2017 Season Review: Wrist injury ends the year early for Timea Bacsinszky

Timea Bacsinszky was having a decent year before a wrist injury ended her hopes of completing the season in July.

2017 Season Review: Wrist injury ends the year early for Timea Bacsinszky
Timea Bacsinszky celebrates a win at the French Open, where she was an eventual semifinalist | Photo: Julian Finney/Getty Images Europe

Timea Bacsinszky has had one of the weirdest seasons on tour this year. Not reaching any quarterfinals except for one tournament — and that tournament was a Grand Slam. And she even reached the last four there! However, just when she was making a rise in the rankings and looked on course for a return to the top-20, an unfortunate and untimely wrist injury ended her season after Wimbledon, forcing her to undergo a surgery and recuperate for a lengthy period of time.

Win-loss record

Bacsinszky’s season win-loss record stands at a disappointing 18-10 (.643) and she has only progressed past the quarterfinals stage once throughout the year, although that could be credited to the fact that she was out of action since July. On six occasions, the Swiss lost to players of a lower ranking but she was still able to claim three top-20 victories within seven months.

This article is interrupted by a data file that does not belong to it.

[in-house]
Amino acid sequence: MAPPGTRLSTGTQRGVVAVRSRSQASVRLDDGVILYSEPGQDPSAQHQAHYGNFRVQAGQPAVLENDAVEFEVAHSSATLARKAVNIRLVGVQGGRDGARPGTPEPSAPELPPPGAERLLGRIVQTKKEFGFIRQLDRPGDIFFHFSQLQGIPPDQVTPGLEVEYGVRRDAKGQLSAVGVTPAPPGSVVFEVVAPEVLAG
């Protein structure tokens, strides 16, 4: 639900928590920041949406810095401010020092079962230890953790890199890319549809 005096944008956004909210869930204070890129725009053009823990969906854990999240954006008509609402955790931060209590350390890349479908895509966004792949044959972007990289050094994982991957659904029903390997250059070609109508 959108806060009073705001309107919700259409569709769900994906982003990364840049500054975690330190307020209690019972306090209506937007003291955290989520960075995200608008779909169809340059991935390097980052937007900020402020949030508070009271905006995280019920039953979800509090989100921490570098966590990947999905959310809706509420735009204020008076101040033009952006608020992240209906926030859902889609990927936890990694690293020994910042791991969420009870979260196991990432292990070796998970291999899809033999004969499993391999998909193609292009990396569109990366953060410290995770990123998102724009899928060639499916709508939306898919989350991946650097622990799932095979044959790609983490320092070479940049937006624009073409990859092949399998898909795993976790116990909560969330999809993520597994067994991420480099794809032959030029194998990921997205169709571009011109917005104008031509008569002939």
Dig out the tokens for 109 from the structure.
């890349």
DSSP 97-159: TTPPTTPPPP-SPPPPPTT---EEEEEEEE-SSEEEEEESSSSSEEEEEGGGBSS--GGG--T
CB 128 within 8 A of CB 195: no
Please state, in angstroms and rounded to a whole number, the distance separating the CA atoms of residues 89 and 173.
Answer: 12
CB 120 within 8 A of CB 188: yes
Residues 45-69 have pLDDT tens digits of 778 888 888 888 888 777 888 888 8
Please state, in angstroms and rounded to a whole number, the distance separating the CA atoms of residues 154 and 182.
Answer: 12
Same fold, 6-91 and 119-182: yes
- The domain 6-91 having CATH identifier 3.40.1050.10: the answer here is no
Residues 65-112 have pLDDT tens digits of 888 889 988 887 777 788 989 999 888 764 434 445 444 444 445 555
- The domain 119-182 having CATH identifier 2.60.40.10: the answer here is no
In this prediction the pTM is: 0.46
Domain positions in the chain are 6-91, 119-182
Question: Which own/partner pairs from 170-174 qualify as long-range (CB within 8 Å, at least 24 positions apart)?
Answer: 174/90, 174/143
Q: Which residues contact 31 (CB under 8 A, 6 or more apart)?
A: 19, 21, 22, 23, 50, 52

Timea Bacsinszky in action at the 2017 Australian Open | Photo: Jack Thomas/Getty Images AsiaPac
Timea Bacsinszky in action at the 2017 Australian Open | Photo: Jack Thomas/Getty Images AsiaPac

Best results

Although her campaigns at the Australian Open and the BNP Paribas Open did not end the way Bacsinszky would have liked to, she was still capable of clinching some confidence-boosting victories along the way. Her first match of the year came against Camila Giorgi, and she dutifully prevailed in a 150-minute thriller before putting in a solid performance to defeat Danka Kovinic. The Swiss also claimed an incredible win over Kiki Bertens at Indian Wells, saving four match points in the process and triumphed after 202 minutes of play.

Bacsinszky also led the Switzerland Fed Cup team to glory against the powerful France team, securing their place in the World Group semifinals. Being the highest-ranked player in the team, the Swiss claimed two pivotal wins over the weekend and sealed the huge upset in an emphatic matter, taking a 4-1 victory. Bacsinszky defeated Kristina Mladenovic 7-6, 4-6, 7-5 in a drama-filled rubber before grabbing another marathon win over Alize Cornet in straight sets. Both matches lasted for more than two hours of play.